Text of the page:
“The Geography of Marriage” Exhibit Explores Definitions of Marriage

The Geography of Marriage, an exhibit of photographs by Anne Weber, is on display at Duke University’s Sanford School of Public Policy on Duke’s West Campus until December 30, 2010. The exhibit, located on the first floor of Rubenstein Hall, depicts 30 couples just before or after their brief, non-denominational civil ceremonies in government offices.

“At a time when weddings range from covenant marriages to same-sex unions, this exhibit examines how we define this institution both legally and personally,” Weber wrote. “When divorce is common, when its legal definition varies so widely across state lines, what, exactly, does marriage look like now? How do we come to define this institution for ourselves?”

Photo from "The Geography of Marriage" Exhibit Explores Definitions of MarriageTo explore these questions, Weber set up her large-format camera in the Wake County Courthouse in Raleigh, N.C., and in Boston City Hall in Massachusetts. Each couple was photographed and asked to complete a short questionnaire covering age, occupation, reasons for choosing in a civil ceremony, and definitions of marriage. Their handwritten responses are displayed with the photographs.

Despite the diversity of Weber’s subjects, the couples share the complex history of marriage in America. Themes such as interracial marriage and segregation, same-sex unions, and military deployment are explored in the exhibit.

“The portraits act as a sort of contemporary archive of marriage, reflecting our hopes and expectations of what it means to unite for richer or for poorer," said Weber. “The photographs not only survey what marriage looks like today across state lines, but also begin to demarcate our private views on one of our most public institutions.”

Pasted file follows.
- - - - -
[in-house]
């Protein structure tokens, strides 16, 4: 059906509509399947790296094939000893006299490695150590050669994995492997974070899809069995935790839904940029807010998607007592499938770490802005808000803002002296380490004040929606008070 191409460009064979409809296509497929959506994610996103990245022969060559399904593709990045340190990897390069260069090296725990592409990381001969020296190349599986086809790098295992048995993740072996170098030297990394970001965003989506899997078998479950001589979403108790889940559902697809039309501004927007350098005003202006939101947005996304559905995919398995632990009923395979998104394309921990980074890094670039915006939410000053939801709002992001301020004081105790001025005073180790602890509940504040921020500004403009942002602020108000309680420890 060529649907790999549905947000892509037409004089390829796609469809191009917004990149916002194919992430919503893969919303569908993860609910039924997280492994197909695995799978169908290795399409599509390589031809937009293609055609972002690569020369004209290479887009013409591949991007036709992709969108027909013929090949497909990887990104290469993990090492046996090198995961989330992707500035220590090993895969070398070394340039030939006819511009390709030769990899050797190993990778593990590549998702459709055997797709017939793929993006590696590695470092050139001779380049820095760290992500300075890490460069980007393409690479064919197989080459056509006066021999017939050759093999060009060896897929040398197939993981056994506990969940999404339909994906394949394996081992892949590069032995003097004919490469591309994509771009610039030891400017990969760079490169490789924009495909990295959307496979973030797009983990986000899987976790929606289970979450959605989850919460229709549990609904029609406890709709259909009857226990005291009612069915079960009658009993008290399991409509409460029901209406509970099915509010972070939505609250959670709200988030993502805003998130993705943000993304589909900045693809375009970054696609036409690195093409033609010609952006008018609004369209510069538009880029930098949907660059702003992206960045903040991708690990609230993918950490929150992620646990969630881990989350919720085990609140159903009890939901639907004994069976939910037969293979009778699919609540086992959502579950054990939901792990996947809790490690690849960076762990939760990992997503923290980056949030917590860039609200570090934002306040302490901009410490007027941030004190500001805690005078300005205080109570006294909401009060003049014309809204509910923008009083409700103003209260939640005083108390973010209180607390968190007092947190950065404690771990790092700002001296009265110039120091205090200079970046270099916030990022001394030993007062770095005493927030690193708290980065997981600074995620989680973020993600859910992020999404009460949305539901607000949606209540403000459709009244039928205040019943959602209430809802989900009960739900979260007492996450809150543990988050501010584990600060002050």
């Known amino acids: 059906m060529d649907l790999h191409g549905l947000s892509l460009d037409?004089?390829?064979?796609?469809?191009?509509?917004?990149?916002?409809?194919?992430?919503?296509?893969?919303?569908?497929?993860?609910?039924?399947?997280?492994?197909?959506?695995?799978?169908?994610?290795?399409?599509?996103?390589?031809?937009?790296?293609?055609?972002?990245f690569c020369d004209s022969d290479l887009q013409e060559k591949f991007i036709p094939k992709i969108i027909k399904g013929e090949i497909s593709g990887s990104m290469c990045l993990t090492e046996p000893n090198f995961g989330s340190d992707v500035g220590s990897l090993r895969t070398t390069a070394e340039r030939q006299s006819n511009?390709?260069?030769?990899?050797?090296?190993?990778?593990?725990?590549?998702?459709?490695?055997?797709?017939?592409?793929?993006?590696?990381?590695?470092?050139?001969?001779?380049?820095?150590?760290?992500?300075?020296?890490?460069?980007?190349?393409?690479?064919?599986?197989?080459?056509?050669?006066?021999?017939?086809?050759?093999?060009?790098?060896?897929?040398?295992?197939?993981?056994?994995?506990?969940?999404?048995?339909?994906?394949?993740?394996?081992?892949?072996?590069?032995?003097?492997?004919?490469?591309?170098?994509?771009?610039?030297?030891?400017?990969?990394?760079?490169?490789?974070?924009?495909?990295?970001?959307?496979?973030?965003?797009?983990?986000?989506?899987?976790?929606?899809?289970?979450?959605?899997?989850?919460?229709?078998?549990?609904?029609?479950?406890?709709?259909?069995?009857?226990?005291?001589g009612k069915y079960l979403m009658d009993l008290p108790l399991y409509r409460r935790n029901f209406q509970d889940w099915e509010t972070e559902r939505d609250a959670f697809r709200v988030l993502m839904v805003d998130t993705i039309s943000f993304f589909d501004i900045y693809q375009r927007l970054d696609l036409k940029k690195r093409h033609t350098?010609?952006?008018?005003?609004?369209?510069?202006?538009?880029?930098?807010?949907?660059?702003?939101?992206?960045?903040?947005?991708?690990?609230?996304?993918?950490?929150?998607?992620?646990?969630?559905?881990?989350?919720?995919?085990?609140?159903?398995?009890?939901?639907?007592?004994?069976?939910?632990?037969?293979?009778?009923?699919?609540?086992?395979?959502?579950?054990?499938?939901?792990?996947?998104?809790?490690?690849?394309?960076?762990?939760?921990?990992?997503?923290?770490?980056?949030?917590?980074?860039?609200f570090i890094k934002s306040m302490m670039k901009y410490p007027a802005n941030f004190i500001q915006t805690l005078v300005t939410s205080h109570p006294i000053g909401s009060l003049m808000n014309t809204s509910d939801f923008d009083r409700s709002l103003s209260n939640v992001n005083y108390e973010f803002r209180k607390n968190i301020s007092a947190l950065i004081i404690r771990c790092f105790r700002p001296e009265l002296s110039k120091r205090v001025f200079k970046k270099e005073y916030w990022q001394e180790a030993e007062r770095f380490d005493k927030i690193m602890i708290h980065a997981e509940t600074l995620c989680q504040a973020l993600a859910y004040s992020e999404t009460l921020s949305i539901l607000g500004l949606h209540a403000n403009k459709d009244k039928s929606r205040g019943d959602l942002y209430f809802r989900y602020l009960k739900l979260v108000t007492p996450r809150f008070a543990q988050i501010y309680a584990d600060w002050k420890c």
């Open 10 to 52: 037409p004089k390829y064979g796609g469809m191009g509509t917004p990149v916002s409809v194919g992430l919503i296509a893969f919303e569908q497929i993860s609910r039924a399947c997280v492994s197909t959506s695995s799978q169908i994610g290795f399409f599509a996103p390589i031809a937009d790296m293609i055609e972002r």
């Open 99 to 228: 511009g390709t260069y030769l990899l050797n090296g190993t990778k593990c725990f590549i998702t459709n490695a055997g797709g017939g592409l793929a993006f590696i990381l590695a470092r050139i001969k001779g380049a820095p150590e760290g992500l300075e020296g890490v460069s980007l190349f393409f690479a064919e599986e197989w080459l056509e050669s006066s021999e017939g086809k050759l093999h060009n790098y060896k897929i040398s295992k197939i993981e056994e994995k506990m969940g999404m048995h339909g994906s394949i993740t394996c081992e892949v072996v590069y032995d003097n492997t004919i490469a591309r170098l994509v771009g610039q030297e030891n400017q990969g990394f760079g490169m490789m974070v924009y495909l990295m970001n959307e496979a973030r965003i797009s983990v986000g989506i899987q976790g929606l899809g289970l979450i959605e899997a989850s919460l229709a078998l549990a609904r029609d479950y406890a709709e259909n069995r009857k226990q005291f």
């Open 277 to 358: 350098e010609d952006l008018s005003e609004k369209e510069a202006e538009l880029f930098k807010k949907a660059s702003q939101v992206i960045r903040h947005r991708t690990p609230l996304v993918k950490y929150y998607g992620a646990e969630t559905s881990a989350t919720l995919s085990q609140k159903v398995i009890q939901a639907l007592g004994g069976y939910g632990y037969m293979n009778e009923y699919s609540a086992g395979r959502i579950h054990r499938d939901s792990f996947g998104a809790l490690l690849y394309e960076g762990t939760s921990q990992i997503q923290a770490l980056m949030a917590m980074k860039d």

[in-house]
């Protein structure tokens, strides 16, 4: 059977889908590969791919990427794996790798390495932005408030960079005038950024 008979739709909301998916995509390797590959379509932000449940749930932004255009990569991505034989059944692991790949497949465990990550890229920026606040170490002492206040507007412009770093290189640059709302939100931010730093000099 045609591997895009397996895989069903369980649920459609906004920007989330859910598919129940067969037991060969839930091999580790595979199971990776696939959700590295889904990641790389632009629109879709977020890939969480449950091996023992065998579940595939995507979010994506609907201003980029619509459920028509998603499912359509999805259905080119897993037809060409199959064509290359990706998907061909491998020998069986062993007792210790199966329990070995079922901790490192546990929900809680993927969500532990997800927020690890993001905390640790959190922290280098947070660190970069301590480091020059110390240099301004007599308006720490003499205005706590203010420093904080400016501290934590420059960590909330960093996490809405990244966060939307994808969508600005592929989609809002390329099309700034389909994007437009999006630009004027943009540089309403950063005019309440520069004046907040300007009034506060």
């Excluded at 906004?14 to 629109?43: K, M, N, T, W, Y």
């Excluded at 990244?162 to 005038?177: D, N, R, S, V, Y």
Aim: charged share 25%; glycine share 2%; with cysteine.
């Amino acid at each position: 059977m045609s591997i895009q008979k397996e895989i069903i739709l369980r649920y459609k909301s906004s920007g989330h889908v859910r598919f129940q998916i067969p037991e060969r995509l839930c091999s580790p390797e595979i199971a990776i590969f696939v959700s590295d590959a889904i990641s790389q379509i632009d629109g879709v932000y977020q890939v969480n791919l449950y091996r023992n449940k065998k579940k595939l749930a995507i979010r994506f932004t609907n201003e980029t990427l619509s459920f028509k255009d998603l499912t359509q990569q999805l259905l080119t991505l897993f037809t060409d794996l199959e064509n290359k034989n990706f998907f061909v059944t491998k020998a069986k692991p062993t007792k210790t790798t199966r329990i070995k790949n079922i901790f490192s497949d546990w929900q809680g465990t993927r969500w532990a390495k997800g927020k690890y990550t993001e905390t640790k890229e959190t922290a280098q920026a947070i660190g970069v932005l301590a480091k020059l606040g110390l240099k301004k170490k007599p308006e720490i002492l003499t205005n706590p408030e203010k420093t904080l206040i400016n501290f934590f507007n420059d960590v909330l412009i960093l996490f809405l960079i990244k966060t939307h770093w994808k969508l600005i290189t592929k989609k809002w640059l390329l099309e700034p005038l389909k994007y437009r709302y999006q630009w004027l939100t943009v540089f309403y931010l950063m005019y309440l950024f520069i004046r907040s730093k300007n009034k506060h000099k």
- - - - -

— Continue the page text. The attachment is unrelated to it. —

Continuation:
A reception and panel discussion about U.S. public policies affecting marriage takes place at 6 p.m. on Sept. 30, 2010 in Rubenstein Hall room 153. The panel, titled “The Role of Marriage in 21st Century America,” will be moderated by Sanford School Assistant Professor Christina Gibson-Davis. Photographer Anne Weber is among the panelists. The event and exhibit are free and open to the public.

The Geography of Marriage is supported by the Lewis Hine Documentary Fellows Program at Duke’s Center for Documentary Studies and by the Sanford School. The Hine Program receives additional support from the Philanthropic Initiative and the Jessica Jennifer Cohen Foundation. The exhibit can be viewed on weekdays from 8:30 a.m. to 5:00 p.m.

Contact: Karen Kemp (Sanford School) at kkemp@duke.edu, (919) 613-7394 or Liisa Ogburn (CDS) liisa.ogburn@duke.edu, (919) 660-3663.